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ACF Issues Letter on TANF in Event of Government Shutdown

Published: September 30, 2013
Audience:
Temporary Assistance for Needy Families (TANF)
Topics:
Data Collection and Reporting, Maintenance of Effort (MOE), Laws
Types:
Dear Colleague

September 30, 2013

 

Dear TANF and Child Care Officials:

I am writing to provide an update to you concerning the status of funding for the Temporary Assistance for Needy Families (TANF) program and the discretionary, mandatory, and federal share of matching portions of the Child Care and Development Fund (CCDF).  Even though these two programs are funded in whole or in part by mandatory funding that is not subject to annual appropriation, this year the mandatory funding for these programs (including the federal share of match for CCDF) expires September 30-- at the same time that appropriations end for discretionary-funded programs.  If legislation extending these programs is not enacted before October 1, 2013, then no additional funding will be available for TANF or CCDF until such time as legislation is enacted. 

The Administration views the potential lapse in funding for TANF and child care funding as very serious matters.  These funds support critical programs for poor and low-income families.  If funding lapses, we are committed to doing all we can to work with states, the District of Columbia (DC), territories, and tribes to ensure that vulnerable families and children have access to needed benefits and services during this period.

A number of jurisdictions have unspent TANF and CCDF funds from prior years.  If legislation extending funding for these programs is not enacted before October 1, 2013, states, DC, territories, and tribes will be permitted to use their unspent federal TANF funds from prior years for expenditures allowable under the TANF statute.  Similarly, states, DC, territories, and tribes may use their unspent prior-year CCDF funds for allowable CCDF expenditures, as long as the funds are still available for expenditure in accordance with CCDF obligation and liquidation timeframes.

Even if there is a temporary lapse in funding, the underlying TANF and CCDF statutes remain in place, and states, DC, territories, and tribes can continue to spend carry-over federal TANF funds in accordance with the TANF statute, and CCDF carry-over funds in accordance with the CCDF statute.  Thus, the rules normally applicable to use of TANF and CCDF block grant funds will continue to apply with respect to those carry-over funds during the period from October 1, 2013, to the date a funding extension is enacted.  If you need any information concerning the extent to which unspent funds from FY 2013 or prior years are available, the respective ACF Regional Office can work with you to provide this information.

Moreover, each year, states, DC, and territories are required to spend non-federal funds to meet the TANF maintenance-of-effort (MOE) requirement, and to meet CCDF matching and MOE requirements.  If legislation extending funding for TANF and CCDF is not enacted before October 1, 2013, TANF MOE and CCDF State Match and MOE funds can be used during the period between October 1, 2013, and the date an extension is enacted to provide benefits and services.  At the point that legislation to extend funding for TANF and CCDF is enacted, allowable expenditures states, DC, or territories make during this period would count toward the TANF MOE and CCDF Match/MOE requirements unless Congress specifies otherwise.  Similarly, allowable expenditures jurisdictions make between October 1, 2013, and the date that an extension is enacted would be eligible for reimbursement with federal TANF or CCDF funds made available under an extension, unless Congress specifies otherwise.  Once there is legislation extending the funding, and provided Congress does not specify otherwise, a TANF expenditure could qualify either for federal reimbursement or to count as a maintenance-of-effort expenditure, and the state, DC, and territory will be permitted to choose whether to receive reimbursement or count the expenditure toward satisfying its maintenance-of-effort requirement.  Similarly, if a CCDF expenditure could qualify either for federal reimbursement or to count as CCDF State Match or MOE, the state, DC, or territory may choose how to claim the expenditure.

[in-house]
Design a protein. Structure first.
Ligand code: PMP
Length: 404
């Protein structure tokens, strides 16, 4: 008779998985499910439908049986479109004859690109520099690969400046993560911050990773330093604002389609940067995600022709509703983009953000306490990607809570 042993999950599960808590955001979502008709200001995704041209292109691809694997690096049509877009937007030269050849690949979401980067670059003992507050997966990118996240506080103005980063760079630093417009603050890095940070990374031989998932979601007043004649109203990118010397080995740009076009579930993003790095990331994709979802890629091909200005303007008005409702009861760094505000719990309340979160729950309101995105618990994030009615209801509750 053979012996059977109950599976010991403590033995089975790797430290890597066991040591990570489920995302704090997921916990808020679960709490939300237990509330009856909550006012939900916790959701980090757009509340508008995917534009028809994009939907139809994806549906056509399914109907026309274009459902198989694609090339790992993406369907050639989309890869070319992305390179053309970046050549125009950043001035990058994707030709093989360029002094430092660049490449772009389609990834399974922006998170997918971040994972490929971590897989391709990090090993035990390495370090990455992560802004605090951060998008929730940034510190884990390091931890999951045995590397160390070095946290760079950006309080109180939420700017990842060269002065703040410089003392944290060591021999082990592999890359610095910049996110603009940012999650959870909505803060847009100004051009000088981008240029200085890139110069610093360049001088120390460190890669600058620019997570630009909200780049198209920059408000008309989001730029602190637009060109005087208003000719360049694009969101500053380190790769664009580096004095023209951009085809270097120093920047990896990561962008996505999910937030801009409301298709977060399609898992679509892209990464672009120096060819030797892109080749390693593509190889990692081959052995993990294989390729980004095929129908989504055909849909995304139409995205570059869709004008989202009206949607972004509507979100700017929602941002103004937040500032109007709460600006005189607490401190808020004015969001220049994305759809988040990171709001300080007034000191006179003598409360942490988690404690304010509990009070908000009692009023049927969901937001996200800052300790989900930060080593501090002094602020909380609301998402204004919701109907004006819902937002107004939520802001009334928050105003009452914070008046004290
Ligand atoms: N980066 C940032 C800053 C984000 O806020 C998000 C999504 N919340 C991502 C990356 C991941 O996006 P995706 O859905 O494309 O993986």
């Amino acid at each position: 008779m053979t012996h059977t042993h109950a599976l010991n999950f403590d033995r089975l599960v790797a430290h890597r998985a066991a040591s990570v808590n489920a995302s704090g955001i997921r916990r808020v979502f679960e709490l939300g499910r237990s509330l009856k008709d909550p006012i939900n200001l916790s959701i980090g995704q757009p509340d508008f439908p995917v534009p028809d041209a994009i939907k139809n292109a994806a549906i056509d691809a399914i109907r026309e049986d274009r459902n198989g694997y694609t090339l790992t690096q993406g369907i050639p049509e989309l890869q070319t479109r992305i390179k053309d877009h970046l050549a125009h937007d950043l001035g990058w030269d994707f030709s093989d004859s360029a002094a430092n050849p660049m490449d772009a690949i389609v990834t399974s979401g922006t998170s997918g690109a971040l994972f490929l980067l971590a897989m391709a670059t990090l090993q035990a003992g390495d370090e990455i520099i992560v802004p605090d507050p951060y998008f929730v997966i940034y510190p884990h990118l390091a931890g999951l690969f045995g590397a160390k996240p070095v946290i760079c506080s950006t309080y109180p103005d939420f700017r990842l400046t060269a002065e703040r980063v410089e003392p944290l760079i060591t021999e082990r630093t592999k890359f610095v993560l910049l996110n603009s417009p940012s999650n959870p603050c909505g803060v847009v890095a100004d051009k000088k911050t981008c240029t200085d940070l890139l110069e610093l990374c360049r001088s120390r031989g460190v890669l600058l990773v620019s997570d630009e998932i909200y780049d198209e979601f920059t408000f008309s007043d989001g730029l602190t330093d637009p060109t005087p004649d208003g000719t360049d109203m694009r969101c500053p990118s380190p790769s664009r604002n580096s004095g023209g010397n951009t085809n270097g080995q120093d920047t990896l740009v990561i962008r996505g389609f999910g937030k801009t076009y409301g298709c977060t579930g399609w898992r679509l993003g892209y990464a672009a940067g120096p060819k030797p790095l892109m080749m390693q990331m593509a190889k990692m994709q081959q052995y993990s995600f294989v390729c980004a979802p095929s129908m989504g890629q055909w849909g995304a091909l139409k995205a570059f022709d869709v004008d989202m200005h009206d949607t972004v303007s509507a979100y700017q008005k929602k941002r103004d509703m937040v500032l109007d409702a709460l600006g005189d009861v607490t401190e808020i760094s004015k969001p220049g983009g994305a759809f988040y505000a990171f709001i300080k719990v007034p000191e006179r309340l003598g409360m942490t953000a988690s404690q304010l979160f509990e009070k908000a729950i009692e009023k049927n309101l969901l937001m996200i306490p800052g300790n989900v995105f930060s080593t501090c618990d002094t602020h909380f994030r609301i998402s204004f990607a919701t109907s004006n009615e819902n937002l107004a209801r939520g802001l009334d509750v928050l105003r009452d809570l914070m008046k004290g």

We understand that if federal funding for these programs lapses, it creates budgetary uncertainty and strain for states, territories, and tribes.  We are committed to working with Congress to ensure that funding for TANF and child care is extended.

If you have any questions or concerns, please feel free to contact the federal TANF or child care program manager in your region.

We appreciate the work states, DC, territories, and tribes do to deliver these critical services to vulnerable families and are committed to working with you as these matters are resolved to protect the families we all are committed to serving.

 

Sincerely,

     /s/

George H. Sheldon
Acting Assistant Secretary
  for Children and Families